Anti-Money Laundering/Combating the Financing of Terrorism (AML/CFT)
Technical Assistance on AML/CFT
Special Characteristics of the IMF's AML/CFT Technical Assistance
The IMF's AML/CFT technical assistance aims to improve AML/CFT regimes worldwide and to provide concrete support to the IMF's membership. This assistance is delivered through timely and high-level programs customized to fit the specific needs and priorities of IMF member countries and their respective institutions.
IMF AML/CFT technical assistance is provided on a voluntary, cooperative basis, i.e., at the request and with the assistance of the authorities of that country. It is based on international standards and best practices derived, inter alia, from the Vienna Convention, the International Convention for the Suppression of the Financing of Terrorism, relevant UN Security Council Resolutions, and the FATF 40+9 Recommendations.
The IMF attaches great importance to country ownership. To ensure that the IMF's technical assistance is effective and brings lasting benefits, it is planned and carried out with the full involvement of the authorities of the recipient country at each stage of the process-from the identification of needs, determined by discussion and agreement on terms of reference and project goals through implementation and follow-up.
Depending on the circumstances, some technical assistance needs may be met by short-term engagements while others may require longer-term commitments. Accordingly, technical assistance may be provided in the form of headquarters-based advice, short-term on-site advisory missions, assignment of longer-term experts or resident advisors, and national or regional seminars and workshops. Such assistance may be provided bilaterally, to a single jurisdiction, or in the form of a regional program covering several jurisdictions.
Since 2009, most of the AML/CFT technical assistance is externally financed through a multi-donor Topical Trust Fund.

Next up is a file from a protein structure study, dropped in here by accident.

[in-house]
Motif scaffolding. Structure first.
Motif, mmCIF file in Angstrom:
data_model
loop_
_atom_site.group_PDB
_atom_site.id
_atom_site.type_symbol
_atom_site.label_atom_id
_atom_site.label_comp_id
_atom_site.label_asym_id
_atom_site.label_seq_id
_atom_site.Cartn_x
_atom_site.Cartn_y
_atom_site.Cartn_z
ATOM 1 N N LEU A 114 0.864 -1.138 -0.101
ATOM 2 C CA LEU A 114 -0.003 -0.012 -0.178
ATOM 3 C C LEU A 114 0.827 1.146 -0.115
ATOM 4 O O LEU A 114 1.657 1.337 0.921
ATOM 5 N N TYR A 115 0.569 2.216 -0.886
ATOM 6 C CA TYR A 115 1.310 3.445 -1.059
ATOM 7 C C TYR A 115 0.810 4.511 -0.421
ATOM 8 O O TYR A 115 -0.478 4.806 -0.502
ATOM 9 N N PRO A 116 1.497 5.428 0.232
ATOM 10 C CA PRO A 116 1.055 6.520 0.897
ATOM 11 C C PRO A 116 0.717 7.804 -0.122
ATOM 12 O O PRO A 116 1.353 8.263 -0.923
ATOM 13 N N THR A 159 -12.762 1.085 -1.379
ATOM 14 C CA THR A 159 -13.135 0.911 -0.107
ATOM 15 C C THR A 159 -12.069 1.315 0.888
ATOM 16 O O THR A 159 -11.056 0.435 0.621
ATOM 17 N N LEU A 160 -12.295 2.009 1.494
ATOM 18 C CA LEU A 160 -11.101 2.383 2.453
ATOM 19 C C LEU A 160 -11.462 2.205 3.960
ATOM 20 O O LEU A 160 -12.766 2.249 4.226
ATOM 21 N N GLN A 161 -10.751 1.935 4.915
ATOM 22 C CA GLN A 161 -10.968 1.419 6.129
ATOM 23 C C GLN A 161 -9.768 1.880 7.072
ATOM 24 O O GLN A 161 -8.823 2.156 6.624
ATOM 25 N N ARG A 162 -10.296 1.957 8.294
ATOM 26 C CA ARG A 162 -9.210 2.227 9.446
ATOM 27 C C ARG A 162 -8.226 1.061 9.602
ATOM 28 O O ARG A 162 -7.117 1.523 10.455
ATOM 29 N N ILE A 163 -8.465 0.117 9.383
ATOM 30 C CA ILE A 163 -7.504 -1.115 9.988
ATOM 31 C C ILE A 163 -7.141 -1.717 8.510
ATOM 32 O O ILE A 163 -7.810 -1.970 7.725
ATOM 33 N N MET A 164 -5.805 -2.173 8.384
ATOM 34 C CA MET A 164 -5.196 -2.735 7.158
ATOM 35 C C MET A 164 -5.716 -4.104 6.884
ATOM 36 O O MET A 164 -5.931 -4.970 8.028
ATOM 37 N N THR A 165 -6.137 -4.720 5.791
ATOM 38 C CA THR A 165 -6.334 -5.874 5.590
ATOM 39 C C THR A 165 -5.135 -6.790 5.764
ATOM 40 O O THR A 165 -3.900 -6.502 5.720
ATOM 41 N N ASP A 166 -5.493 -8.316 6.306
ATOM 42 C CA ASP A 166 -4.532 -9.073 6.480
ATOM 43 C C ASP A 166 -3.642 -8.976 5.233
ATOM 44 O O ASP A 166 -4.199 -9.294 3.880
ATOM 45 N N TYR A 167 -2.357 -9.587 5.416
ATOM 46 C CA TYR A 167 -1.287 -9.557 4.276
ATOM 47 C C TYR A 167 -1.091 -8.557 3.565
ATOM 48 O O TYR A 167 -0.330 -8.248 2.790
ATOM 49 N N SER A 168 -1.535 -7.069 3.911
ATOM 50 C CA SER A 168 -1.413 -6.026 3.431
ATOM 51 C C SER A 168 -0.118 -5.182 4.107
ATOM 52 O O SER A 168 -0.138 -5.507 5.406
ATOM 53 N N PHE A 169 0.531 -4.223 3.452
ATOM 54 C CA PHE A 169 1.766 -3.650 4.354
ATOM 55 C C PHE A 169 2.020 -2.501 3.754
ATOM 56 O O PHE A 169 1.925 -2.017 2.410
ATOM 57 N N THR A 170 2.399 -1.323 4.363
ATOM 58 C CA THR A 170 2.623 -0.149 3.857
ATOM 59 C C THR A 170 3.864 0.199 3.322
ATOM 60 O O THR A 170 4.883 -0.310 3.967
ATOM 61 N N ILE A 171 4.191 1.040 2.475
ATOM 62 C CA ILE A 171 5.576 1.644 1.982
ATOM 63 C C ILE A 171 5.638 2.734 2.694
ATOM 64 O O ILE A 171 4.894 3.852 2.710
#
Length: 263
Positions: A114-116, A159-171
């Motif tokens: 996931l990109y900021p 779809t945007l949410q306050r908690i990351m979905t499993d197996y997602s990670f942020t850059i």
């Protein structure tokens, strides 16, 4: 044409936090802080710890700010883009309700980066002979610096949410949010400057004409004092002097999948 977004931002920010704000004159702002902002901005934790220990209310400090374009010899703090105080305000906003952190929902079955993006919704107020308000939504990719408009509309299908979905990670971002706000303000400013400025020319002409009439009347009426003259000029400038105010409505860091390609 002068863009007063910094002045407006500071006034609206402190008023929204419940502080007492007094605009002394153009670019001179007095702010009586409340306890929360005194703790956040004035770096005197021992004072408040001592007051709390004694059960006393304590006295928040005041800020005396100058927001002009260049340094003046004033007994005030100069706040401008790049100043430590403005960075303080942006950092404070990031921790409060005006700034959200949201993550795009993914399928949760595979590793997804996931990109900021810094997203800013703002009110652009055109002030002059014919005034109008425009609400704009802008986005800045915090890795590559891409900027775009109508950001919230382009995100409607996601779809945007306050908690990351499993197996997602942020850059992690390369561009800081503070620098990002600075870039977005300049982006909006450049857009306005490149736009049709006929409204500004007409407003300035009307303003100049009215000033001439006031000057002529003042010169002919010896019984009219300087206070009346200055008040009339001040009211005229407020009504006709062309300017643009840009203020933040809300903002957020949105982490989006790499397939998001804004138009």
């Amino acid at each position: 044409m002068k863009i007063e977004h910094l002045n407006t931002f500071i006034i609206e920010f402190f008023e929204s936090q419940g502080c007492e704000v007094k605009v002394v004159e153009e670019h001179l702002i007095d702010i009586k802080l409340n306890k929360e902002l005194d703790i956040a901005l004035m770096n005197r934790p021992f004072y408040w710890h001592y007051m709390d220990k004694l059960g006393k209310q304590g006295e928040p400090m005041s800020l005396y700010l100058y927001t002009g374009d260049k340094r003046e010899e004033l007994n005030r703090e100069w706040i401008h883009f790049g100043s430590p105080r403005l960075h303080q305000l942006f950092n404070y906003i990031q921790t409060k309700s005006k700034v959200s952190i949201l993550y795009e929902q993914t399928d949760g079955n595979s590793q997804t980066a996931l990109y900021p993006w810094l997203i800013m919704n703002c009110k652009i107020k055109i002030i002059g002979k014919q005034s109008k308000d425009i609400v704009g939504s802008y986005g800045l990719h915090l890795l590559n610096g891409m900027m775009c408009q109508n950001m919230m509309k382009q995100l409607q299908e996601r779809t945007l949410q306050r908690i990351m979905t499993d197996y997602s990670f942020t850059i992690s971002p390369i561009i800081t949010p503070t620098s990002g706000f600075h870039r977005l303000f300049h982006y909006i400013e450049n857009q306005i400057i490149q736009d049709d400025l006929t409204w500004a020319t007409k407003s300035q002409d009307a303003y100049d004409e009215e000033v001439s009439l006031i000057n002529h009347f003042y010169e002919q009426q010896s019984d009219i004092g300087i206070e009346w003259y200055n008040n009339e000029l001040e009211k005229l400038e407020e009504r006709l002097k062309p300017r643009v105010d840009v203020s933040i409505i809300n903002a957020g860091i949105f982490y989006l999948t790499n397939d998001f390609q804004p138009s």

Technical assistance is provided upon written request to be addressed to:
International Monetary Fund
700, 19th Street NW
Washington DC 20431
Fax: (1-202) 589.49.33
Technical assistance is one of the benefits of IMF membership. The IMF's Legal Department provides provides expert assistance aimed at supporting efforts to put in place effective AML/CFT frameworks in compliance with the AML/CFT international standards, including the FATF 40+9 Recommendations, relevant international conventions, and United Nations Security Council resolutions. This assistance is subject to the availablity of resources and is focused particularly on the following areas:
Diagnostics: needs assessments to determine strengths and weaknesses in the legal, regulatory, and institutional framework of countries' AML/CFT regimes and to develop plans to strengthen these regimes;
National Strategies and Coordination: general advice on AML/CFT strategy, coordination, and policy issues, including on the application of AML/CFT requirements to banks, insurance companies, securities firms, lawyers and other nonfinancial businesses and professions covered by the FATF 40+9 Recommendations; and promoting cooperation among domestic AML/CFT stakeholders and with their international counterparts;